At the beginning of the month, breaking news reported that the Stanford swimmer and rapist, Brock Turner, was released from prison after three short months.
Many are familiar with the case having heard the details that the victim shared, or the statement from the rapist’s father stating that he did not want his son’s life ruined over “twenty minutes of action.”
Millions expressed outrage that Turner was suffering little to no consequences for his actions. The public has taken matters into their own hands: punishing Turner by writing rapist with an arrow pointing to his house, standing outside of his house with picket signs, and doing anything within their means to make his life as miserable as he has made his victim’s.
However, one thing that is not being talked about is how often the normal sexual assaulter actually goes to jail. According to Rainn.org, only three out of every hundred people that commit sexual assault, will be behind bars.
Putting that number aside, 54 percent of rapes go entirely unreported. Every two minutes, an American is sexually assaulted. About 750,000 citizens of the United States were sexually assaulted or raped last year. Of these assaults, only 344 of every 1,000 are actually reported.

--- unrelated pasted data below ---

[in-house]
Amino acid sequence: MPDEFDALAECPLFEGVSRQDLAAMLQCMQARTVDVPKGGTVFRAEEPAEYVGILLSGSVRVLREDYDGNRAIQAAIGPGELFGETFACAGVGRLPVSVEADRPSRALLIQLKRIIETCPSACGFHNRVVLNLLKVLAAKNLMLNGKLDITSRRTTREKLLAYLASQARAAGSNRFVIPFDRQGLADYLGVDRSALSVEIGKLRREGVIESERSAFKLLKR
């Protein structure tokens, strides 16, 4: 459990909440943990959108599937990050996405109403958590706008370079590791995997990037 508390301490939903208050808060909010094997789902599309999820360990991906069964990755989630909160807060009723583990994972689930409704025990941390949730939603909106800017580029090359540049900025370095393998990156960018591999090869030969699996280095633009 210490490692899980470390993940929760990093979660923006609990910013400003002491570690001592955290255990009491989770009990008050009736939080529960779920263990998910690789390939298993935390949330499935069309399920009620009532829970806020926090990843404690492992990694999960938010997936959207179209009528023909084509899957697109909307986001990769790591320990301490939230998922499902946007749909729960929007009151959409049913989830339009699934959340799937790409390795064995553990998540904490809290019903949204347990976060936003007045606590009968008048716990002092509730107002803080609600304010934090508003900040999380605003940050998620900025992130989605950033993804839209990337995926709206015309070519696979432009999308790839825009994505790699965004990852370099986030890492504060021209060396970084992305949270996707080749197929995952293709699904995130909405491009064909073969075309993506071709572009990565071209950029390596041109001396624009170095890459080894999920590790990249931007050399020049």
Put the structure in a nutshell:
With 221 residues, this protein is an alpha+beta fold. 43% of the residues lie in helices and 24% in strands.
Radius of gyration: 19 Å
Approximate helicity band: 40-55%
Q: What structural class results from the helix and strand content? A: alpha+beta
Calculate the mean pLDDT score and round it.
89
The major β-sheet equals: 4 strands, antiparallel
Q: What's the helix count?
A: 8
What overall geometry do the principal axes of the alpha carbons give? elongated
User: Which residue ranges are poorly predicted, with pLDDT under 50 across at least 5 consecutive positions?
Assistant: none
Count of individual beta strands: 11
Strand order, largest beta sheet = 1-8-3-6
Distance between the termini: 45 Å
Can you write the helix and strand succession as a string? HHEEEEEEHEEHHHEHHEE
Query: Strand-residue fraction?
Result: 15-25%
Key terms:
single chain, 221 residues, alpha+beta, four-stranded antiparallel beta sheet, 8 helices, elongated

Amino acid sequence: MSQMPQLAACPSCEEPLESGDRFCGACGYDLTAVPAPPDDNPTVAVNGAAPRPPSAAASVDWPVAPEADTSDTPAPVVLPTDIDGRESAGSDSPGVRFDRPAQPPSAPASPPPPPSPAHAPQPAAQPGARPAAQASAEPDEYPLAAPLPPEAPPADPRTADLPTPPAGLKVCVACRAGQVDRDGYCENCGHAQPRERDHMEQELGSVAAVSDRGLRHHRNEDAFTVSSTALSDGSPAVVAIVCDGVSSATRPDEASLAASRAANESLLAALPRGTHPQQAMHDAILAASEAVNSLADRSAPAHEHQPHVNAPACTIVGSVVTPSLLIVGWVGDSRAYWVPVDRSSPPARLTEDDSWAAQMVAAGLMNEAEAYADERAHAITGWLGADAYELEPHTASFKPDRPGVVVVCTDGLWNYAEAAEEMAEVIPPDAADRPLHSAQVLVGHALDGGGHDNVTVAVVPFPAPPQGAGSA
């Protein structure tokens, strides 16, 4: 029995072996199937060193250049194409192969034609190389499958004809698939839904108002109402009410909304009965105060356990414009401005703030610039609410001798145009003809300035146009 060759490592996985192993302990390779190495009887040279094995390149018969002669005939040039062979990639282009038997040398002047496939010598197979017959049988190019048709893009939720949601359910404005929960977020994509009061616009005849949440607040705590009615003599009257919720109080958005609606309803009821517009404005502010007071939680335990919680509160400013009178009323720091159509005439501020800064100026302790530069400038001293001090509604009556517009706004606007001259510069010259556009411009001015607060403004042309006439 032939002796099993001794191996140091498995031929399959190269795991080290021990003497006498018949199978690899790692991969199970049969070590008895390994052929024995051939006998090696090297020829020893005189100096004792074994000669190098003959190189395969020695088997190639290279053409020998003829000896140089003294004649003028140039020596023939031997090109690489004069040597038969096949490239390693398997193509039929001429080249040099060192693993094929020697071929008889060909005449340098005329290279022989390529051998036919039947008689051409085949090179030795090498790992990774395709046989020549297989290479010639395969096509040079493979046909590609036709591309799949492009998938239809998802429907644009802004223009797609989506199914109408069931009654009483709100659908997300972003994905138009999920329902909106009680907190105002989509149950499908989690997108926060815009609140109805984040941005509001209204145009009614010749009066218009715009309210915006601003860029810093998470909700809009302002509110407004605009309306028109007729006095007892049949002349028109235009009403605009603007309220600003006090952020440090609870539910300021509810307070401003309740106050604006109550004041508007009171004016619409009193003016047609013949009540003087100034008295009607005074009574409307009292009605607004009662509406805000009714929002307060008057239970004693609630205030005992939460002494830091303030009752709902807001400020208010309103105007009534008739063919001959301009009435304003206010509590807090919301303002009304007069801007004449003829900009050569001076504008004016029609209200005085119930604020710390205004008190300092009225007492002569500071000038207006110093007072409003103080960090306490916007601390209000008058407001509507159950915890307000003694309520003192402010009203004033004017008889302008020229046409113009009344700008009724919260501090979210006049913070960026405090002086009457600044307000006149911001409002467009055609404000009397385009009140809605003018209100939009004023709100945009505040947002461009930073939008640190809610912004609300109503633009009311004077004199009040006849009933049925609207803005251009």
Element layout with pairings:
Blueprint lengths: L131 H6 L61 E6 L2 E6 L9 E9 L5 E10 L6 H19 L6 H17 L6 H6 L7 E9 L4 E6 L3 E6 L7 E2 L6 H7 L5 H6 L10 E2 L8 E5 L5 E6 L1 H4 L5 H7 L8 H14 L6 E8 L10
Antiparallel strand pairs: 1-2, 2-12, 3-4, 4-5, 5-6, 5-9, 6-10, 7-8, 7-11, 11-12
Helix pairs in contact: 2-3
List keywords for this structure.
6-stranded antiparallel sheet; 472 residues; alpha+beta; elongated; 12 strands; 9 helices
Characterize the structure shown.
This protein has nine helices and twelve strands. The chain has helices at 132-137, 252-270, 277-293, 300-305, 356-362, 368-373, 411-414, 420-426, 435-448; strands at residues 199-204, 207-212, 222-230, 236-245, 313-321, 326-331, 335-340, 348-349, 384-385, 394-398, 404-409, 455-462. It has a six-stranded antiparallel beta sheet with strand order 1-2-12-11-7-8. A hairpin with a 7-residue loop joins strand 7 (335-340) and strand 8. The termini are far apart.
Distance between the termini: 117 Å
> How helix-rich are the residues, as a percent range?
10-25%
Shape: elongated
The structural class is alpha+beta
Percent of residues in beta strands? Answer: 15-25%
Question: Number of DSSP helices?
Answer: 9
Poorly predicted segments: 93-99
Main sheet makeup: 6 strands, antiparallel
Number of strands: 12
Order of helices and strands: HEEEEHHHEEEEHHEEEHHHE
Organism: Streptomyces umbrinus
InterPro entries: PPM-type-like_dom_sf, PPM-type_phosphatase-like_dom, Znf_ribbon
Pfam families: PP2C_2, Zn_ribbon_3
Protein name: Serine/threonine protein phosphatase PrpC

It may seem ridiculous not to report something so serious; however, the reasons victims give for not reporting are quite valid.
The reasons range from fearing retaliation, believing it was not important enough to report, not wanting their rapist to get in trouble, or worse, believing that the police would not do anything to help. A large portion of American victims believe that their judicial system would fail to validate and serve justice for their rape. Turner’s case is just the tip of the iceberg when it comes to the problem.
So why are people so obsessed with punishing Turner? It would seem that many believe that since the judicial system won’t serve justice, and it is their responsibility to do so. However, people must remember that punishing Turner will do nothing to help the millions of other victims that will never see their rape brought to justice. The problem does not end with punishing Turner; it is only beginning to be solved.
The big question here is: so what can the average person do? It can start by simply validating a friend’s feelings when they trust you enough to share the story of their assault. People can express to their peers that they are someone to trust and confide in. Help friends realize what consent is. More importantly, speak up when you see behavior that is not consensual. Be an advocate for those who have been a victim of sexual assault and speak where their words fail them.
Recognizing the problem is a huge step, and once we can recognize that America has a problem, we can begin to fix it. Until then, stop being a part of the problem. Uplift the victims, rather than trying to tear down the perpetrators.